Background Non-infectious aortitis is often an underdiagnosed and potentially serious clinical entity. Although giant cell arteritis (GCA) is considered to be the most common cause of aortitis, it may also be idiopathic or associated with other conditions. Clinical manfiestations are frequently nonspecifc leading to inapropriate delay to the diagnosis.
Methods Multicenter study of three hospitals of patients diagnosed as having aortitis by F18-FDG PET.
Results Twelve patients (8 women/4 men) with a mean age of 68.4±12.7 years were diagnosed with aortitis by F18-FDG PET (TABLE). The median [interquartile range] of delay to the diagnosis was 12 [2-20] months.
Aortitis was idiopathic (5 cases), associated with biopsy-proven GCA (n=4), Sarcoidosis (n=1), Ulcerative Colitis (n=1), and Takayasu arteritis (n=1).
The most frequent symptoms were: A) Polymyalgia rheumatica (PMR) in 8 cases (67%), that was atypical in 5 of them. B) Fever and/or general syndrome in 6 cases (50%). And C) Severe low back pain in 4 cases (33%).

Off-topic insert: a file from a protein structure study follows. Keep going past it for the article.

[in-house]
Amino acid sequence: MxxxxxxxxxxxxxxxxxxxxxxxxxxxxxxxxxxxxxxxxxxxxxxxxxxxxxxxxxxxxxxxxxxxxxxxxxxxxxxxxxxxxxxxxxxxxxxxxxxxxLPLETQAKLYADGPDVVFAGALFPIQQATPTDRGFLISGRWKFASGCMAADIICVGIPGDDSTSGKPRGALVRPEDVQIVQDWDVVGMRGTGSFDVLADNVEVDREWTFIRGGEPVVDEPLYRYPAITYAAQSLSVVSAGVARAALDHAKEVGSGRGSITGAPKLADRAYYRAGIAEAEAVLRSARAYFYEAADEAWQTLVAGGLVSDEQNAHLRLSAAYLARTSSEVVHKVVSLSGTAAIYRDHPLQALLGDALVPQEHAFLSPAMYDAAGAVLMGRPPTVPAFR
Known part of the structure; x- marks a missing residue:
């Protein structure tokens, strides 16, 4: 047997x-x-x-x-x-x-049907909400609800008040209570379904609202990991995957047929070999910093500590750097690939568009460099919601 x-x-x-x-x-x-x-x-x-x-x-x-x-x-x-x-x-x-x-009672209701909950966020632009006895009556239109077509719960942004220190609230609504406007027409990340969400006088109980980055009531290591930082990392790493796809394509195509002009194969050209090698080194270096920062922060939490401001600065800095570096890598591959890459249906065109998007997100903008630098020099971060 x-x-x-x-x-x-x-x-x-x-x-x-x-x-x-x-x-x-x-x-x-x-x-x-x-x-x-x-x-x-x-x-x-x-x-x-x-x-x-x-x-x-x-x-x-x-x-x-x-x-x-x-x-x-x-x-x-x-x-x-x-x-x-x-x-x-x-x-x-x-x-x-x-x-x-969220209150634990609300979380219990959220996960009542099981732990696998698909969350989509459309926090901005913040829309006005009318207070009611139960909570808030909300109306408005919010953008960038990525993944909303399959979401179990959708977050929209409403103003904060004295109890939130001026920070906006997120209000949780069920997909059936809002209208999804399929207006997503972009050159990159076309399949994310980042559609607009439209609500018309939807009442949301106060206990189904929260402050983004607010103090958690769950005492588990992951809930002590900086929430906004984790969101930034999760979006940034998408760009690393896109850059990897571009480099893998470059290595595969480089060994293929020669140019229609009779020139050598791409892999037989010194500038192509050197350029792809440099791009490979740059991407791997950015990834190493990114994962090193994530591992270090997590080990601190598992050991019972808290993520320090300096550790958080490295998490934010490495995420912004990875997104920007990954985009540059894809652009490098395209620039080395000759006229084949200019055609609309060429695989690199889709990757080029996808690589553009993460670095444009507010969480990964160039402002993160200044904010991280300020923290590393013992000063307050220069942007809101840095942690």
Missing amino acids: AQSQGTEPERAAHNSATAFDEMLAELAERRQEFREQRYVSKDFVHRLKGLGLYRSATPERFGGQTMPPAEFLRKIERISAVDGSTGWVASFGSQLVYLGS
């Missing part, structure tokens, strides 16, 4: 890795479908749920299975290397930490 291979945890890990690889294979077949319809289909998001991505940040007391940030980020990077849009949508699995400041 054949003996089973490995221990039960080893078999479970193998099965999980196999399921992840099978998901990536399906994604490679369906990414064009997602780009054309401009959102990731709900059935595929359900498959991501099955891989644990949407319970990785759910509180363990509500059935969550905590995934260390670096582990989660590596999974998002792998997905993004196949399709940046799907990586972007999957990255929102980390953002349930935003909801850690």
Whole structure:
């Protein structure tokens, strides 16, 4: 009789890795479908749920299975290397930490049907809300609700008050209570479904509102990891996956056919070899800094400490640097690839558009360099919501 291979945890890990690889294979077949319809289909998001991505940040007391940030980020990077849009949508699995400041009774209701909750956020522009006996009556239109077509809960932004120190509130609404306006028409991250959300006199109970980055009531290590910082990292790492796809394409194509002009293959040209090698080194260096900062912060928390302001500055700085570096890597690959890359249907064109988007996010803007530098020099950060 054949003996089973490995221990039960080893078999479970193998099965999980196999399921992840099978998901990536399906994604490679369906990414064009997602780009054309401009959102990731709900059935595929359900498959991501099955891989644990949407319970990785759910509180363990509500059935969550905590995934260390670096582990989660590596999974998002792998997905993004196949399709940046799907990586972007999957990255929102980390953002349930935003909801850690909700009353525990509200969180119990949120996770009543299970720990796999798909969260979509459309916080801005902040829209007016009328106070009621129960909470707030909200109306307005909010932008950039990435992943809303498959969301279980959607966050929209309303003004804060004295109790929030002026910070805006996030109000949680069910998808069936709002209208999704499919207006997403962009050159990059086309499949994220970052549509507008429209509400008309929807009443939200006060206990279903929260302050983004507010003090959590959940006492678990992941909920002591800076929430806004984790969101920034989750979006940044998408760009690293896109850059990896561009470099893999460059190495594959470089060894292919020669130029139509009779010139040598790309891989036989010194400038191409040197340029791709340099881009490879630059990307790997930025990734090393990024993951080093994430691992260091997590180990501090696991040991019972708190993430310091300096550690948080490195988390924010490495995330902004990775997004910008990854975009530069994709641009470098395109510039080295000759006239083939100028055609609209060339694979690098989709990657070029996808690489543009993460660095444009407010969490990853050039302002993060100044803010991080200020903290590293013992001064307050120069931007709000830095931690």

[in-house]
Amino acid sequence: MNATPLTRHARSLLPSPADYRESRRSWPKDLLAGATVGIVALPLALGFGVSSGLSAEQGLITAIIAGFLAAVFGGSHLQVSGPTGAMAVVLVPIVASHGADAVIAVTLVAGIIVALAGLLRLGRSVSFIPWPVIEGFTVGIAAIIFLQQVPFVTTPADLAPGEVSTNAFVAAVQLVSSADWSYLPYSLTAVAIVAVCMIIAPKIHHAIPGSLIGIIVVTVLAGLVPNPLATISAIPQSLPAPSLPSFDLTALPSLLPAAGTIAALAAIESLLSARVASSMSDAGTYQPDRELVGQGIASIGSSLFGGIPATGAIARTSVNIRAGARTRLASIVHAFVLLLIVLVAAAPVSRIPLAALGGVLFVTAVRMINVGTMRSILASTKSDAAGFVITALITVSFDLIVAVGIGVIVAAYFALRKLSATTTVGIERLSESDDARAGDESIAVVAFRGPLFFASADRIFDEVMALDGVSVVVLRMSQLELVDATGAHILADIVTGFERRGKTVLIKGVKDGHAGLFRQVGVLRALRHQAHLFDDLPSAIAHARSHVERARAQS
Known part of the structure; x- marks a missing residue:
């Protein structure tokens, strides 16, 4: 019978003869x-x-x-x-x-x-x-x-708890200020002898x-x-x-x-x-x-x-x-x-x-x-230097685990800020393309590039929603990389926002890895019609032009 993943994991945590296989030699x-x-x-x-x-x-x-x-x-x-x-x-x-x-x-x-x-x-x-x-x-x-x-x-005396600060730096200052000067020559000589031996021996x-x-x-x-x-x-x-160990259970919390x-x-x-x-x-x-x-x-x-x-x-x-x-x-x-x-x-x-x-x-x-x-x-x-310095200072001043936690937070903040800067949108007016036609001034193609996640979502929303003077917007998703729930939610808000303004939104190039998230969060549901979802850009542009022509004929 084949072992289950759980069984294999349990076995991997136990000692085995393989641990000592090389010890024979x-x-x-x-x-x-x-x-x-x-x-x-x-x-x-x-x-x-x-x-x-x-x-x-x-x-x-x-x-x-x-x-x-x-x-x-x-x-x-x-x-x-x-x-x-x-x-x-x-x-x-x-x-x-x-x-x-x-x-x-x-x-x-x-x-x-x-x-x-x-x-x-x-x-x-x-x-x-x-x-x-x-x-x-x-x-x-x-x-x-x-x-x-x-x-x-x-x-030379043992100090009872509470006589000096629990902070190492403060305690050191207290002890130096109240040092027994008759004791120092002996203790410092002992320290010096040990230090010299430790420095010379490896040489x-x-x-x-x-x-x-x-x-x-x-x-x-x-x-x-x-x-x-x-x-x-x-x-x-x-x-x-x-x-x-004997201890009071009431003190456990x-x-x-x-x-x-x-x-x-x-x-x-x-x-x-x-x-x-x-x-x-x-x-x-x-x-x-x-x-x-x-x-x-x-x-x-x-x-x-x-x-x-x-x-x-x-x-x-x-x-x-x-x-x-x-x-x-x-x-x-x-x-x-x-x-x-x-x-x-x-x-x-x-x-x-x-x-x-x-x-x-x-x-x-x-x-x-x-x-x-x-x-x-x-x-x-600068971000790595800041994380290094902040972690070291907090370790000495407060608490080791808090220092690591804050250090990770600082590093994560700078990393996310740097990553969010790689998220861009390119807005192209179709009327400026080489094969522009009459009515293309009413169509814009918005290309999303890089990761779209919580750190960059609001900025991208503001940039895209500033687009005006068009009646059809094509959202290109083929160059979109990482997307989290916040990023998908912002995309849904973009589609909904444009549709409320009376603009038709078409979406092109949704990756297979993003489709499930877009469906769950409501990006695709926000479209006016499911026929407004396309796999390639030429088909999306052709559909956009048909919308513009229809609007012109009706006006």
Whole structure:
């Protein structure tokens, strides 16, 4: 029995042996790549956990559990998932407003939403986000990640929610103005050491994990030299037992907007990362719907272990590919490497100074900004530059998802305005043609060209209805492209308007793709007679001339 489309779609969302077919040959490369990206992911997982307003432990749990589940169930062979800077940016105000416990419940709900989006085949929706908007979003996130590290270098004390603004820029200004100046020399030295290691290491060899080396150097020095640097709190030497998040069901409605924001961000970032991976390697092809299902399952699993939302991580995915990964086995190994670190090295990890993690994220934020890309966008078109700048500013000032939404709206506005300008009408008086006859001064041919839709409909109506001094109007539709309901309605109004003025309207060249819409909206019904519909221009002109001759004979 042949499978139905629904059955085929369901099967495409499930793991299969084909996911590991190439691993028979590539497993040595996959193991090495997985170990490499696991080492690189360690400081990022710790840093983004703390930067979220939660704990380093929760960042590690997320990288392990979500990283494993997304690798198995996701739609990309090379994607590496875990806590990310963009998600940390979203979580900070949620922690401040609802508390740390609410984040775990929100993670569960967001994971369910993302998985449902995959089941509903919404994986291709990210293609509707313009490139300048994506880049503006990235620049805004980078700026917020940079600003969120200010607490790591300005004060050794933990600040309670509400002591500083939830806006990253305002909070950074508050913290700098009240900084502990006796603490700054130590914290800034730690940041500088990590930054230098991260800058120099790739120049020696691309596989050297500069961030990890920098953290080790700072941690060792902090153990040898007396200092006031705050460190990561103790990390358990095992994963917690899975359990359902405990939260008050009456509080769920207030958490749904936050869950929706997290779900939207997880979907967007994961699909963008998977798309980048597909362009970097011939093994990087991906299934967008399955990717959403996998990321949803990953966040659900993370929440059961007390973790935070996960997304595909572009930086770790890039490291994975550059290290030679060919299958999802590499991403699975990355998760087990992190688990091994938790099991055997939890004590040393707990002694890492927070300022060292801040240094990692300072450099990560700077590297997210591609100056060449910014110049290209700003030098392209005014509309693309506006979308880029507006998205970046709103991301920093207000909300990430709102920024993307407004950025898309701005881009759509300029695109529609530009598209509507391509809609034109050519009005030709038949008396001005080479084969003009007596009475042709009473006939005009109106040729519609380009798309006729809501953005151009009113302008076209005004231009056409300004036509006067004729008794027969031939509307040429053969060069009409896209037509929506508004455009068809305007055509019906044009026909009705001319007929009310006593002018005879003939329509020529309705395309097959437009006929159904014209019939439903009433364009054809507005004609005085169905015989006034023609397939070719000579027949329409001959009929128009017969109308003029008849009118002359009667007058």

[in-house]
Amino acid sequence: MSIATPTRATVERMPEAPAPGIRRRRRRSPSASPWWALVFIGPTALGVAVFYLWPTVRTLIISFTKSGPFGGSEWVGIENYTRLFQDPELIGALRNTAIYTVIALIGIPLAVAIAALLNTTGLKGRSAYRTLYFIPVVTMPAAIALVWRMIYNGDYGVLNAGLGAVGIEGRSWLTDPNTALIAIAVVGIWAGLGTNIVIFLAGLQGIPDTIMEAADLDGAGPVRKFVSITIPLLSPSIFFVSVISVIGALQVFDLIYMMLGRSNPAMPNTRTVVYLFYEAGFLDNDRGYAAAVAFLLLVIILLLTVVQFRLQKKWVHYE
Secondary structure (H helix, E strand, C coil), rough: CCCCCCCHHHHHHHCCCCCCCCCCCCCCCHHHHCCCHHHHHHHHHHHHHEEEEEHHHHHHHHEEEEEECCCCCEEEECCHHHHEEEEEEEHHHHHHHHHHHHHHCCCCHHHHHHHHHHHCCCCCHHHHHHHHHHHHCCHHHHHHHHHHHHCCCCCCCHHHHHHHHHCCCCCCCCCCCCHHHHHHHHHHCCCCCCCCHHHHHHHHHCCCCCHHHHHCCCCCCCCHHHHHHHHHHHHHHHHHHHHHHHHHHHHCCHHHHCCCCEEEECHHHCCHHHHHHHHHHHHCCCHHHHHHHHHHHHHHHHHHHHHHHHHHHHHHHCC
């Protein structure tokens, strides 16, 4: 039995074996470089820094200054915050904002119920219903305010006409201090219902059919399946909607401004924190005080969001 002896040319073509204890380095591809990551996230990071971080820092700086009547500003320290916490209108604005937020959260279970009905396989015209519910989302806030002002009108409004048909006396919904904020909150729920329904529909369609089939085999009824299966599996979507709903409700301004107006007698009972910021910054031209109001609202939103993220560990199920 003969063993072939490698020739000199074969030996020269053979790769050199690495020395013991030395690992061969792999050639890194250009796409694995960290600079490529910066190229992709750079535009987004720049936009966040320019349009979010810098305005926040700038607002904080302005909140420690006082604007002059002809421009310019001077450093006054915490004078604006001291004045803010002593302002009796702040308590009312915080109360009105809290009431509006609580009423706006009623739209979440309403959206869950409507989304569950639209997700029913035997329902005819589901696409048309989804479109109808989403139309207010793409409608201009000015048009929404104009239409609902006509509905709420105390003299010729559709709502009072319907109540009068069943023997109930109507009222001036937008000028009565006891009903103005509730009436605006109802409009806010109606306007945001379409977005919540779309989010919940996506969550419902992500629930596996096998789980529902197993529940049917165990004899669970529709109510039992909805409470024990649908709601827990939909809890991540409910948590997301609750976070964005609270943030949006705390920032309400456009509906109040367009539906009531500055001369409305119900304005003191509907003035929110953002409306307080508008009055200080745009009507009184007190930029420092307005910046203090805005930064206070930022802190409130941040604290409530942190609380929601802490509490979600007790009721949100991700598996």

Laboratory data disclosed anemia in all cases and high ESR in most cases (78.1±38.3 mm/1st hour).
PET showed involvement of A) the whole aorta, thoracic aorta and/or supra-aortic vessels in 91% and B) involvement of arteries of the lower extremities in 50%.
Conclusions F18 FDG-PET is a useful tool to confirm the diagnosis of aortitis. Atypical PMR, non-specific general syndrome, and/or unexplained severe low back pain along with anemia and elevated ESR may be red flags to suspect this condition.
Disclosure of Interest None Declared